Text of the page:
use strict;
my $addr = shift;
print cleanAddr($addr);
#for turning numerical spellings into digits
our $spelled_nums = {
 first => '1st',
 second => '2nd',
 third => '3rd',
 fourth => '4th',
 fifth => '5th',
 sixth => '6th',
 seventh => '7th',
 eigth => '8th',
 nineth => '9th',
 tenth => '10th',
 eleventh => '11th',
 twelfth => '12th',
 thiteenth => '13th',
 fourteenth => '14th',
 fifteenth => '15th',
 sixteenth => '16th',
 seventeenth => '17th',
 eighteenth => '18th',
 nineteenth => '19th',
 one => 1,
 two => 2,
 three => 3,
 four => 4,
 five => 5,
 six => 6,
 seven => 7,
 eight => 8,
 nine => 9,
 ten => 10,
#for adding the correct suffixes to numerically named streets
our $num_suffixes = {
 1 => 'st',
 2 => 'nd',
 3 => 'rd',
 4 => 'th',
 5 => 'th',
 6 => 'th',
 7 => 'th',
 8 => 'th',
 9 => 'th',
sub cleanAddr {
 my $addr = shift;
 my $orig = $addr;
 # dropping off all intra-building identifiers
 $addr =~ s/#.*$//i;
 $addr =~ s/,.*$//i;
 $addr =~ s/Apt.*$//i;
 $addr =~ s/Apartment.*$//i; 
 $addr =~ s/Loft.*$//i;
 $addr =~ s/d+[a-z]*s*Fl.*$//i;
 $addr =~ s/d+[a-z]*s*Floor.*$//i;
 $addr =~ s/Fl.*$//i;
 $addr =~ s/Floor.*$//i;
 $addr =~ s/Rm.*$//i;
 $addr =~ s/Room.*$//i;
 $addr =~ s/PMB.*$//i;
 $addr =~ s/Bsmt.*$//i;
 $addr =~ s/Basement.*$//i;
 $addr =~ s/PH.*$//i;
 $addr =~ s/Penthouse.*$//i;
 $addr =~ s/Ste.*$//i;
 $addr =~ s/Suite.*$//i;
 # Real numeric suffixes ('st', 'nd', 'rd' as in 1st, 2nd, 3rd)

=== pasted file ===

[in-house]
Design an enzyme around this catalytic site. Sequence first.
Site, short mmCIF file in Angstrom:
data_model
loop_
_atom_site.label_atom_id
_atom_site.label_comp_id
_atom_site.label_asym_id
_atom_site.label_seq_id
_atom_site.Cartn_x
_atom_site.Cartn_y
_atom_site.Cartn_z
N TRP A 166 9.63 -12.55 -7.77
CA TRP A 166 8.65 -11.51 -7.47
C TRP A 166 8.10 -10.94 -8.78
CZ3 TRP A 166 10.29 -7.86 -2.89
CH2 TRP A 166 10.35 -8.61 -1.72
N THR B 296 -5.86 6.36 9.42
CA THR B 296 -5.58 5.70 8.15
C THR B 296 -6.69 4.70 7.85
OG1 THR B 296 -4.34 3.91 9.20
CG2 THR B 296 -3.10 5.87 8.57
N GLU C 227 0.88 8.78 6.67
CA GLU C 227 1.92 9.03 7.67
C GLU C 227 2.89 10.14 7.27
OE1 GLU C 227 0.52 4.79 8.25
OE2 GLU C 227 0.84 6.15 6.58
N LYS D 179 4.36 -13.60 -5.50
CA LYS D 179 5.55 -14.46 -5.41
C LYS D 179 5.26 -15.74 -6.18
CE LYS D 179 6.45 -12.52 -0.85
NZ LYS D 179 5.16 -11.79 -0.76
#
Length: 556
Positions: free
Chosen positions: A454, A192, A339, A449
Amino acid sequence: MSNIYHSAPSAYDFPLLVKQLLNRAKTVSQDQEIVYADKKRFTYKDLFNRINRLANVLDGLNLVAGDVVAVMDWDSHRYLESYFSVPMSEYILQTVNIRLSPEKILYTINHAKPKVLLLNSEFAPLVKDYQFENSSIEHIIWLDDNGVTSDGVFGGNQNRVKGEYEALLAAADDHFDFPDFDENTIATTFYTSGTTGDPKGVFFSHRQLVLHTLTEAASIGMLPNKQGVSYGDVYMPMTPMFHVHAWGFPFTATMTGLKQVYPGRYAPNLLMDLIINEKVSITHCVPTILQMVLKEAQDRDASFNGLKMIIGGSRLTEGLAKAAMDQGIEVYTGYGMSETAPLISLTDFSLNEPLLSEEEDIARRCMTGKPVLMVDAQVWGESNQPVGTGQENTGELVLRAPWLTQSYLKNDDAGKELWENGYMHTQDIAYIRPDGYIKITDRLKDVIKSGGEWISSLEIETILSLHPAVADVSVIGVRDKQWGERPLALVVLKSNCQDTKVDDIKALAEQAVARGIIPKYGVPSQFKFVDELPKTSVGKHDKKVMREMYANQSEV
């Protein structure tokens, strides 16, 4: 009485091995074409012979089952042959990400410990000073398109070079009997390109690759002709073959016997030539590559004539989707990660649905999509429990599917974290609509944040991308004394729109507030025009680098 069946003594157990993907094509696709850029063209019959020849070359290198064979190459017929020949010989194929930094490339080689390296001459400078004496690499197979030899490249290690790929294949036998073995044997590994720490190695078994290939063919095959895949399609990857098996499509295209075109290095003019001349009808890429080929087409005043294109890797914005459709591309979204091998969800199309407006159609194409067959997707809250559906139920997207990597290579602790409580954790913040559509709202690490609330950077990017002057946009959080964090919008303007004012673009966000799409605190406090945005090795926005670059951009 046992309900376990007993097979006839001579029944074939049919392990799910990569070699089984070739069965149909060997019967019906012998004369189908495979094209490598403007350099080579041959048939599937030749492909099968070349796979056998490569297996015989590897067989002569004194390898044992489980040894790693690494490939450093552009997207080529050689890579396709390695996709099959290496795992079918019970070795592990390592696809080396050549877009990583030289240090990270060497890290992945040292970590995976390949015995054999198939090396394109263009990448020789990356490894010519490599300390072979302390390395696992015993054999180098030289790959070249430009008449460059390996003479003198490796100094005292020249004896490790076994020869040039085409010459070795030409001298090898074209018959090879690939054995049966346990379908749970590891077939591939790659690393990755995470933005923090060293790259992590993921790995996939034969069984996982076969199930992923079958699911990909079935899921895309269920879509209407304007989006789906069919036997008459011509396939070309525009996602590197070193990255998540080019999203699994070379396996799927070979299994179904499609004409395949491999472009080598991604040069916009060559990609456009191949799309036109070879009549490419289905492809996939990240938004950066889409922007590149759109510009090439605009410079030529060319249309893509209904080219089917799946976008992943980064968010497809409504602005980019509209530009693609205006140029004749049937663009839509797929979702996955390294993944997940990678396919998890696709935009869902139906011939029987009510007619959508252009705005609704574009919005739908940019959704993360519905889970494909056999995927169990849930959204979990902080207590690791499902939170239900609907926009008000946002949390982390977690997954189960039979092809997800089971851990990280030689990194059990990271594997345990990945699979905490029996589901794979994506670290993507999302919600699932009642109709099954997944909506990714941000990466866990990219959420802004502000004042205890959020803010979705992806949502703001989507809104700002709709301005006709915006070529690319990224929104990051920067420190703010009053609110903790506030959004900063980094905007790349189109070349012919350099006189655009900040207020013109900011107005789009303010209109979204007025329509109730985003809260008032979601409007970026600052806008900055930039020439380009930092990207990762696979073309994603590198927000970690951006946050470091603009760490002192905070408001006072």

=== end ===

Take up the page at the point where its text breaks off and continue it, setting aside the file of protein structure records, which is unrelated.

# are all more than 1 character. Thus, we assume that a number 
 # followed by only one letter is an apartment indicator, if it has
 # been preceeded by some text. 
 $addr =~ s/(.*[a-z]+.*)d+[a-z]/$1/i;
 # In NYC, people sometimes write E12 for E 12th street
 $addr =~ s/(E|W|East|West)(d)/$1 $2/i;
 $addr =~ s/East/E/i;
 $addr =~ s/West/W/i;
 # There is a "West St" in NYC
 $addr =~ s/W St/West St/i;
 # got me?!?!?
 $addr =~ s/^(d+)[a-z]+(s)/$1$2/i;
 # Broadway often abbreviated as B'way
 $addr =~ s/B.way/Broadway/;
 # Normalize the most common street types, and some common misspellings
 $addr =~ s/Avenue/Ave/i;
 $addr =~ s/Avfenue/Ave/i;
 $addr =~ s/Street/St/i;
 $addr =~ s/Road/Rd/i;
 $addr =~ s/Boulevard/Blvd/i;
 $addr =~ s/Plaza/Plz/i;
 $addr =~ s/Stret/St/i;
 $addr =~ s/Treet/St/i;
 $addr =~ s/Place/Pl/i;
 # Turn spelled numbers into digits
 while( my ($k, $v) = each(%$spelled_nums)) {
 $addr =~ s/()$k()/$1$v$2/is;
 # They do weird things with bipartite addresses in Queens, NY
 $addr =~ s/[^sdw-]/ /ig;
 # fixing numerical suffixes
 while(my ($num, $suf) = each(%$num_suffixes)) {
 $_ = $addr;
 my ($digits, $currNum, $currSuff) = /[^d](d*)($num)([a-z]+)/is;
 if(defined($currNum) && defined($currSuff) && lc($currSuff) ne $suf) {
 my $oldAddr = $addr;
 # if it's a teen, then suffix is always 'th'
 if(defined($digits) && length($digits) > 0 && $digits =~ /1$/) {
 $suf = "th";
 if($currSuff =~ /w+st$/i) {
 $suf .= " St";
 $addr =~ 
 # no extra whitespace
 $addr =~ s/s+/ /igs;
 return $addr;

Michael Frumin

Mapping Hacks
Mapping Hacks: Tips & Tools for Electronic Cartography
ISBN: 0596007035
EAN: 2147483647
Year: 2004
Pages: 172